EJ resources

The Environmental Justice (EJ) Movement in Warren County, NC

1. Overview: Geographies of Waste in Warren County, NC

2. Links to New York Times articles on Warren County EJ issues, 1982-1993

3. Links to Historic Photographs of PCB protests in Warren County

4.Warren County EJ protests: A History in Headlines (map)


1. Geographies of Waste in Warren County, NC 

by Pavithra Vasudevan Kathanadhi

What is waste? What do we mean, when we label a certain thing as waste? On first glance, it may appear that waste is simply anything that has no value. And yet, if we look more closely, we begin to see that waste, and especially the relationship between waste and value, is more complex than it appears. This paper explores the relationship between waste and value through one particular place, Warren County, North Carolina. As the iconic ‘birthplace of environmental justice’ in the United States, Warren County helps us understand the complex ways in which waste and value are defined and re-defined in relationship to larger political and economic forces, social and cultural legacies, and local memories and happenings. In this paper, we try to offer a reading of waste and value that is rich with possibilities, inspired by the example and efforts of the environmental justice (EJ) movement in Warren County.

On Warren County

In 1982, the state of North Carolina decided to construct a landfill in Warren County to bury 40,000 cubic yards of soil contaminated by toxic polychlorinated biphenyls (PCBs). These truckloads were met by protesters laying down in civil disobedience, and over 500 people were subsequently arrested. The community-led protests are framed as the catalyst that drew attention to how toxicity predominantly affects communities of color (Bullard 2000), and Warren County’s pivotal struggle against the siting of toxic waste in a poor and primarily African-American rural area became an icon of the nascent Environmental Justice (EJ) movement. U.S. environmentalism has since had to reconsider issues of equity and justice as intimately tied to conceptions of nature and environment (Bullard 2005, McGurty 2007).

The term ‘environmental racism’, fore-fronting race as a determining factor of unequal distribution of environmental hazards, was coined in reference to Warren County (Cutter 1995). The media attention generated by the protests inspired the first study undertaken by the U.S. federal government, at the behest of the Congressional Black Caucus, linking racial demography to waste siting (USGAO 1983, Bullard 2004), as well as a landmark report by the United Church of Christ Commission for Racial Justice that provided clearer statistical evidence across a broader geography of the entire U.S. (UCC 1987). This articulation of Warren County as the icon of environmental racism serves a mythological function in cementing a unified historical narrative for the modern environmental justice movement (McGurty 2007).  While the landfill site was remediated in 2004 – costing $18 million following a protracted legal battle – Bullard makes a case for reparations to be paid to the surrounding communities (Bullard 2004).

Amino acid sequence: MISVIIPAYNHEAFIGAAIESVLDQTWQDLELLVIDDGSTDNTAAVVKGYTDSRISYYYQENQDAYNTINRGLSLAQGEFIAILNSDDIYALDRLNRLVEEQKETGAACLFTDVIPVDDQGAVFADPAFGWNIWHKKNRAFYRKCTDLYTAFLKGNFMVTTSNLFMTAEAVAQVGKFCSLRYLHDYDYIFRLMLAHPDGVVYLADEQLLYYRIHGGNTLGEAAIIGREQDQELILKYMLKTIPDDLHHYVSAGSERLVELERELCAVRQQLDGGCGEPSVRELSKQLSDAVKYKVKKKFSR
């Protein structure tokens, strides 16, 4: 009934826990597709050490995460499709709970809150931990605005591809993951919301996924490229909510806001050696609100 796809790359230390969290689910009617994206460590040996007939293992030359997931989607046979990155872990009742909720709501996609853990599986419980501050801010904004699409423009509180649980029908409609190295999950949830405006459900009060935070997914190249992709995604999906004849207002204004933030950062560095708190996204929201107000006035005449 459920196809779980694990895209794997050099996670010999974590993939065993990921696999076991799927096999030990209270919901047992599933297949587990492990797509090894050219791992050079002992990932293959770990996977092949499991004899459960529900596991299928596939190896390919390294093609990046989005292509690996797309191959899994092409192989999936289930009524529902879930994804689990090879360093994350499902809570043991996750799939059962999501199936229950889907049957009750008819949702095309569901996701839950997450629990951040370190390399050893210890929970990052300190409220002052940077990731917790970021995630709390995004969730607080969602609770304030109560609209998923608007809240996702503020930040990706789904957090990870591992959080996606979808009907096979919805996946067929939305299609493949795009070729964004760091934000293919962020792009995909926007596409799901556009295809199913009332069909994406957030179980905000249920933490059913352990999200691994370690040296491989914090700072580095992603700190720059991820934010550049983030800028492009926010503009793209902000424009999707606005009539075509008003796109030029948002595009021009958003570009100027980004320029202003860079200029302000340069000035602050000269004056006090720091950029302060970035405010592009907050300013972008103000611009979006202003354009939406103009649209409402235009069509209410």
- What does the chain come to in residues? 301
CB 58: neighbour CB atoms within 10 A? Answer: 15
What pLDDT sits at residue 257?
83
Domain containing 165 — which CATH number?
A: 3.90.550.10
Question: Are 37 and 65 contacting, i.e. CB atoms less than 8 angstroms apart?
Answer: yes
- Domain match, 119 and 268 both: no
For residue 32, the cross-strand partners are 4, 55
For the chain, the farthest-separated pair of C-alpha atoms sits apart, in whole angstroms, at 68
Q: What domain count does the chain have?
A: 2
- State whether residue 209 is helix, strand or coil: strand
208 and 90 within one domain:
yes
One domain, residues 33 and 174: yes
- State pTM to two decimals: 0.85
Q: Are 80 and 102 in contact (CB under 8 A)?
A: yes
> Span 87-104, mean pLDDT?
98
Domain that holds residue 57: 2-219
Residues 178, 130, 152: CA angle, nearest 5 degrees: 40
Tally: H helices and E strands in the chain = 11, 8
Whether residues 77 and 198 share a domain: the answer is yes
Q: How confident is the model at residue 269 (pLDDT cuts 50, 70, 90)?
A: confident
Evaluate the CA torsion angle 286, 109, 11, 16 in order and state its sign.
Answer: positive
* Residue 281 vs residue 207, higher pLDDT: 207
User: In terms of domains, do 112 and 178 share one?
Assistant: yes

In Warren County today, residents have mixed responses to the safety of the site, and concerns about toxicity linger for some, especially with regards to drinking water. Grassroots community and church leaders hope to leverage Warren County’s iconic history towards greater environmental awareness and sustainable economic development. The Warren County Environmental Action Team is a collaborative effort by leaders from across the community who are organizing events to commemorate and celebrate the 30th anniversary of the anti-PCB protests, approaching this September. The Growing Local/Buying Local project seeks to revitalize the local/regional agricultural economy, building on the rich history of the past and promoting greater community engagement in the process. Both these efforts, and others in Warren County today, seek to transform their reality through acknowledgement of the latent potential and awareness of future possibilities. Our understandings of waste and value build on these discourses.


2.  Links to New York Times articles on Warren County, 1982-1993

By B. Madison Williams

This word cloud was generated using newspaper articles focused on the beginnings of the Environmental Justice Movement in Warren County, and specifically the PCB protests in 1982. These are the words that stood out in those article, the words that people were using to describe the situation. This word cloud captures not only the danger the Warren citizens felt themselves to be in because of the landfill, but also the danger they were actually in of being arrested because of their efforts to protest. Over 500 arrests were made.  Click on the map for a larger image.

The links to the original articles can be found below.







3.  Historic photographs of PCB protests in Warren County

By B. Madison Williams



Each of these photographs was taken during the original PCB march in Warren County to protest the siting of the landfill. The depict the diversity of the movement, showing people of different races, sexes, and ages uniting for environmental justice. These were collected from the records of various photographers; links to the original images can be found below.









4.  Warren County EJ protests: A History in Headlines (map)

by Pavithra Vasudevan Kathanadhi